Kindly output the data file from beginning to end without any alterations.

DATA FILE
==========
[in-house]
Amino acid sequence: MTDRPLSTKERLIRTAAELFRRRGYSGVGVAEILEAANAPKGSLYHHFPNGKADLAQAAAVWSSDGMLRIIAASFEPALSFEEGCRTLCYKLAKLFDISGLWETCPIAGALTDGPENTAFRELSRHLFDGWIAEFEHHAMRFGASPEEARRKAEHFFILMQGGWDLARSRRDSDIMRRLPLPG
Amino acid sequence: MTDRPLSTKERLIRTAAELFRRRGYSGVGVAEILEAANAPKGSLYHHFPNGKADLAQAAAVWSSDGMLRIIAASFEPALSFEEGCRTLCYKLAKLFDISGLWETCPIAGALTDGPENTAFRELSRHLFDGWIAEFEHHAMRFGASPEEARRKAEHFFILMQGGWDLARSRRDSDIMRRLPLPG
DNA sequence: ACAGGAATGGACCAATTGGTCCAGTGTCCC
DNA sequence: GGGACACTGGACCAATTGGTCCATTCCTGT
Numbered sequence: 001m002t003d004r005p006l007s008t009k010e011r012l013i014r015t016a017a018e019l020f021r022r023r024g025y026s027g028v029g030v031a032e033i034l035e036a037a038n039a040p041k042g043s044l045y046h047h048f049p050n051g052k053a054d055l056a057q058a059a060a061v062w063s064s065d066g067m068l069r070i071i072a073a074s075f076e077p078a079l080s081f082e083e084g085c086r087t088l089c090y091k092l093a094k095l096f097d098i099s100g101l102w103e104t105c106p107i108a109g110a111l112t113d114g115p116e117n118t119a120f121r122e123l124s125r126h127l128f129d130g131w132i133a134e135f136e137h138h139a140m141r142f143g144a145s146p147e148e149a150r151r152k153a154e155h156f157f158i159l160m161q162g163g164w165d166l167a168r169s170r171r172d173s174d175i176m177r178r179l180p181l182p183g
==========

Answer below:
[in-house]
Amino acid sequence: MTDRPLSTKERLIRTAAELFRRRGYSGVGVAEILEAANAPKGSLYHHFPNGKADLAQAAAVWSSDGMLRIIAASFEPALSFEEGCRTLCYKLAKLFDISGLWETCPIAGALTDGPENTAFRELSRHLFDGWIAEFEHHAMRFGASPEEARRKAEHFFILMQGGWDLARSRRDSDIMRRLPLPG
Amino acid sequence: MTDRPLSTKERLIRTAAELFRRRGYSGVGVAEILEAANAPKGSLYHHFPNGKADLAQAAAVWSSDGMLRIIAASFEPALSFEEGCRTLCYKLAKLFDISGLWETCPIAGALTDGPENTAFRELSRHLFDGWIAEFEHHAMRFGASPEEARRKAEHFFILMQGGWDLARSRRDSDIMRRLPLPG
DNA sequence: ACAGGAATGGACCAATTGGTCCAGTGTCCC
DNA sequence: GGGACACTGGACCAATTGGTCCATTCCTGT
Numbered sequence: 001m002t003d004r005p006l007s008t009k010e011r012l013i014r015t016a017a018e019l020f021r022r023r024g025y026s027g028v029g030v031a032e033i034l035e036a037a038n039a040p041k042g043s044l045y046h047h048f049p050n051g052k053a054d055l056a057q058a059a060a061v062w063s064s065d066g067m068l069r070i071i072a073a074s075f076e077p078a079l080s081f082e083e084g085c086r087t088l089c090y091k092l093a094k095l096f097d098i099s100g101l102w103e104t105c106p107i108a109g110a111l112t113d114g115p116e117n118t119a120f121r122e123l124s125r126h127l128f129d130g131w132i133a134e135f136e137h138h139a140m141r142f143g144a145s146p147e148e149a150r151r152k153a154e155h156f157f158i159l160m161q162g163g164w165d166l167a168r169s170r171r172d173s174d175i176m177r178r179l180p181l182p183g